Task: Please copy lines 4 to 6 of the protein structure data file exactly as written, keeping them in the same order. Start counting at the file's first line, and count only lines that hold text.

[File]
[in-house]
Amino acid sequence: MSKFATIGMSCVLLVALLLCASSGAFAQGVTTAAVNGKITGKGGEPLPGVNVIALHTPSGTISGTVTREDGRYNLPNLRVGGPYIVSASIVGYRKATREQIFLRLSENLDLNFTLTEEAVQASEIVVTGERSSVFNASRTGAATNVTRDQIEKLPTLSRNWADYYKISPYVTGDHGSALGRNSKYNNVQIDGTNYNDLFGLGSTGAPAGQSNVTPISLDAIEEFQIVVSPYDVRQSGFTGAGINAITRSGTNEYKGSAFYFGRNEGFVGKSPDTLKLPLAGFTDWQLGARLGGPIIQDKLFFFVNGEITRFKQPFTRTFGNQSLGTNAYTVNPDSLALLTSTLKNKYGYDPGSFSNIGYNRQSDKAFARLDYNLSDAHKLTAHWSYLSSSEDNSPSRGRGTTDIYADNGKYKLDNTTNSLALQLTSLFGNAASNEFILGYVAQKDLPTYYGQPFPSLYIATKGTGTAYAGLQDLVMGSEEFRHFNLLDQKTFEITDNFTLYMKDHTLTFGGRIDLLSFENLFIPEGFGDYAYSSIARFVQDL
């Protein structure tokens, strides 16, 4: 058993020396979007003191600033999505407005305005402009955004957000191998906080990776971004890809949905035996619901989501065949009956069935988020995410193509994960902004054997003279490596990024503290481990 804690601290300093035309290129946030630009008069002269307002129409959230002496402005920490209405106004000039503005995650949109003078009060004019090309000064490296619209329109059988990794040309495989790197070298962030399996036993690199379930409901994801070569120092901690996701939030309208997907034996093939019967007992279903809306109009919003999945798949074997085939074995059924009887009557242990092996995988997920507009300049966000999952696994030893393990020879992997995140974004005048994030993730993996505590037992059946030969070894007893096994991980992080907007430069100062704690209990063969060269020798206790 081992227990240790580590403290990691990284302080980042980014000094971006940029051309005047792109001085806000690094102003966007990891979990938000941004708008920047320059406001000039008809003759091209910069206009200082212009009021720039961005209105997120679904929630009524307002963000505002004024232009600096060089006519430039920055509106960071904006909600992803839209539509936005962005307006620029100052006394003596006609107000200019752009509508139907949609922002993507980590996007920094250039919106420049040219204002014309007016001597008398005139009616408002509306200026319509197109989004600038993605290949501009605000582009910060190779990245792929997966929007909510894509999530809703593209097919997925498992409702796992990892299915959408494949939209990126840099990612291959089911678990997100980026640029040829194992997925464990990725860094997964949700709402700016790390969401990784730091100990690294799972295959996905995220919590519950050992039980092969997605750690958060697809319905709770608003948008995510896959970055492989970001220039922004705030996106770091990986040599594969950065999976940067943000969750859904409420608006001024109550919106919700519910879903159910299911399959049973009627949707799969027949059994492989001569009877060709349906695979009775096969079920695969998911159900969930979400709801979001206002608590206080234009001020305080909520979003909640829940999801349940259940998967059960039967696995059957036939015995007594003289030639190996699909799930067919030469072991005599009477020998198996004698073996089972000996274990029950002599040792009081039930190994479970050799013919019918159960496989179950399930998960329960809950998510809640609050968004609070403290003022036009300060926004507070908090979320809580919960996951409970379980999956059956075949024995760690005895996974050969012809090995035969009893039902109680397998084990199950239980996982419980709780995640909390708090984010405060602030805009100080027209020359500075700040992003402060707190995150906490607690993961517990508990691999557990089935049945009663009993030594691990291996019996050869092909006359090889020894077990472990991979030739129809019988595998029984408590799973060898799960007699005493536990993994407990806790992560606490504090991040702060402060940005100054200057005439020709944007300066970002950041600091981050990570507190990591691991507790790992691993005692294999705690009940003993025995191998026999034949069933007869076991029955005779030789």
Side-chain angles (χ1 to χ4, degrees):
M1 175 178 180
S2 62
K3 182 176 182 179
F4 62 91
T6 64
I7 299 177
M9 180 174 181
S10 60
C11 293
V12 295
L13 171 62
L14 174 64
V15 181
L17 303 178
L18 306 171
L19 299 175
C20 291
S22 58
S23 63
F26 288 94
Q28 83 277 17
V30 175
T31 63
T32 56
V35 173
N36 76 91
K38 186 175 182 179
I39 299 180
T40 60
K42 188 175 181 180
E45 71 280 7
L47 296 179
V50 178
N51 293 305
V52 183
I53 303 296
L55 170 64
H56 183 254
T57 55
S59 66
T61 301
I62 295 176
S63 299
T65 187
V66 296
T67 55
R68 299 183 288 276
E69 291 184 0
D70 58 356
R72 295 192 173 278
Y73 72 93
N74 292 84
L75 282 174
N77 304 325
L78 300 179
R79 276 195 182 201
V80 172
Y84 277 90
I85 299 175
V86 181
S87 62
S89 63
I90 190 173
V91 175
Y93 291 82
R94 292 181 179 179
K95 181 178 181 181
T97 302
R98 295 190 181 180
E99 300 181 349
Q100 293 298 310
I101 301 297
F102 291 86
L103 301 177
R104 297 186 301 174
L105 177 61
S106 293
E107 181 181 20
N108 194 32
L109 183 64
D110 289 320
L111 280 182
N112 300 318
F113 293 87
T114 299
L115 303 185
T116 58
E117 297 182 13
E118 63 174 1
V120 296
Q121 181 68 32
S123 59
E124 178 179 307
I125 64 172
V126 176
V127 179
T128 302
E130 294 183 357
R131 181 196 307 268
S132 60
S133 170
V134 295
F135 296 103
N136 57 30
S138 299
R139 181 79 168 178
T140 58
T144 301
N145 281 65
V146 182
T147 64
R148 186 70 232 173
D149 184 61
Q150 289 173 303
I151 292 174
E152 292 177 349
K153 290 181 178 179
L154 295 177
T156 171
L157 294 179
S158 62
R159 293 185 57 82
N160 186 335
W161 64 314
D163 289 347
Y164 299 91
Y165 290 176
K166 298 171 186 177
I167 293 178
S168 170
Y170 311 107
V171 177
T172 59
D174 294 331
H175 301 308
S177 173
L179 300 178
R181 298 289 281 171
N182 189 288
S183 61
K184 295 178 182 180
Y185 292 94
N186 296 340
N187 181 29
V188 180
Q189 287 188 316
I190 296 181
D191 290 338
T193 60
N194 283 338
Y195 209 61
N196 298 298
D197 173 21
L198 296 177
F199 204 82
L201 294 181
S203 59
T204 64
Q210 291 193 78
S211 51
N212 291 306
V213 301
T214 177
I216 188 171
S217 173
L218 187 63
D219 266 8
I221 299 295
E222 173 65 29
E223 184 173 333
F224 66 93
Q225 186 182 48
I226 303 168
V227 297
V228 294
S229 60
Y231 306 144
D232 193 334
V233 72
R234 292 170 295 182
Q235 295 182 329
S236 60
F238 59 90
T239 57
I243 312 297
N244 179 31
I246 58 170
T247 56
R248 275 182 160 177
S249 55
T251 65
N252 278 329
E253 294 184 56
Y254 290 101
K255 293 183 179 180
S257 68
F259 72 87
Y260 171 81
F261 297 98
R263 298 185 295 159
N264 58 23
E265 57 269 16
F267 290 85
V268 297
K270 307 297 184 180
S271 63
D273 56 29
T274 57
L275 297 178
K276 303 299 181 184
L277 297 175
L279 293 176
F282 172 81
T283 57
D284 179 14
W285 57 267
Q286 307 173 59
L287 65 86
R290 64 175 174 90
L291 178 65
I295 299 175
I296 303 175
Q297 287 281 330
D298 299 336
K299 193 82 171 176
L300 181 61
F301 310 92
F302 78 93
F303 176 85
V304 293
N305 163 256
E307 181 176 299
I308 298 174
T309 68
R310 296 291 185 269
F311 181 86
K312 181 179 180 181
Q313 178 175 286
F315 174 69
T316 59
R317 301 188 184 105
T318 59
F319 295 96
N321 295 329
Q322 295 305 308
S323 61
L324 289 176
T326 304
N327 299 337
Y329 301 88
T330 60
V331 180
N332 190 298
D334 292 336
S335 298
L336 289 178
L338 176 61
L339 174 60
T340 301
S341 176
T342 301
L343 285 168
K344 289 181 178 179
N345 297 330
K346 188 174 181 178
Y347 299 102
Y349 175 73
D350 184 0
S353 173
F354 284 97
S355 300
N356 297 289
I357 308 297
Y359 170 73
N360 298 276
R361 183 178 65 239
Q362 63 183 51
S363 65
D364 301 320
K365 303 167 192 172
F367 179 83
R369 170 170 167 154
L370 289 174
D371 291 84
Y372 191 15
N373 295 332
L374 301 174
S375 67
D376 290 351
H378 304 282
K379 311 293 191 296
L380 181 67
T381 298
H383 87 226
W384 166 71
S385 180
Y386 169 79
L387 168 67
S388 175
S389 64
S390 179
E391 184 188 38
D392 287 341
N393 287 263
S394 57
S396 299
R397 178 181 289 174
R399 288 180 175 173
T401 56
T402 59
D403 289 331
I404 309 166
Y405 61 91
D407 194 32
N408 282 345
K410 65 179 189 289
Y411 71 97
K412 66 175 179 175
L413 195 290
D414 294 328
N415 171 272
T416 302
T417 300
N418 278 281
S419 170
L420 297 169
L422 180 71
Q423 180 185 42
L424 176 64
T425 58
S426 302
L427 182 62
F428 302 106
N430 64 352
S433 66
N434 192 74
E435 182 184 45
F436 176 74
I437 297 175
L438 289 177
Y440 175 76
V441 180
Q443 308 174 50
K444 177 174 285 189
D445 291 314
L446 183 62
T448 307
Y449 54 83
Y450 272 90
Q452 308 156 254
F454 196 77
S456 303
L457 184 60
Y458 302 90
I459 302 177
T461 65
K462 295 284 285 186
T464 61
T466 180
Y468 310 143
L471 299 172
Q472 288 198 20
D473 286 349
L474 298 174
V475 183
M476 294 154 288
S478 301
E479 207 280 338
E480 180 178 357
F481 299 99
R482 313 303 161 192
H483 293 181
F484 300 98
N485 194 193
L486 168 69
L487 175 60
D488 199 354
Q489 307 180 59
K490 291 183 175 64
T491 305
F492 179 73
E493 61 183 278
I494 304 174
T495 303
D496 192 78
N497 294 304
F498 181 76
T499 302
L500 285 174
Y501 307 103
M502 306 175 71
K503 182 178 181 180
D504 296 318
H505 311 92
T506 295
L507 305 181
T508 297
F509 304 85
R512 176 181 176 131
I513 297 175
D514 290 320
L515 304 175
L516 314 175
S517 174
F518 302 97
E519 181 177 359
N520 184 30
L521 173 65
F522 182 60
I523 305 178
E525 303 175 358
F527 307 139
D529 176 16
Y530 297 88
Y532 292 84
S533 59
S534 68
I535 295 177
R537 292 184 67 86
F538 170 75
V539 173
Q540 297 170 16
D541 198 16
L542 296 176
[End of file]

Side-chain angles (χ1 to χ4, degrees):
M1 175 178 180
S2 62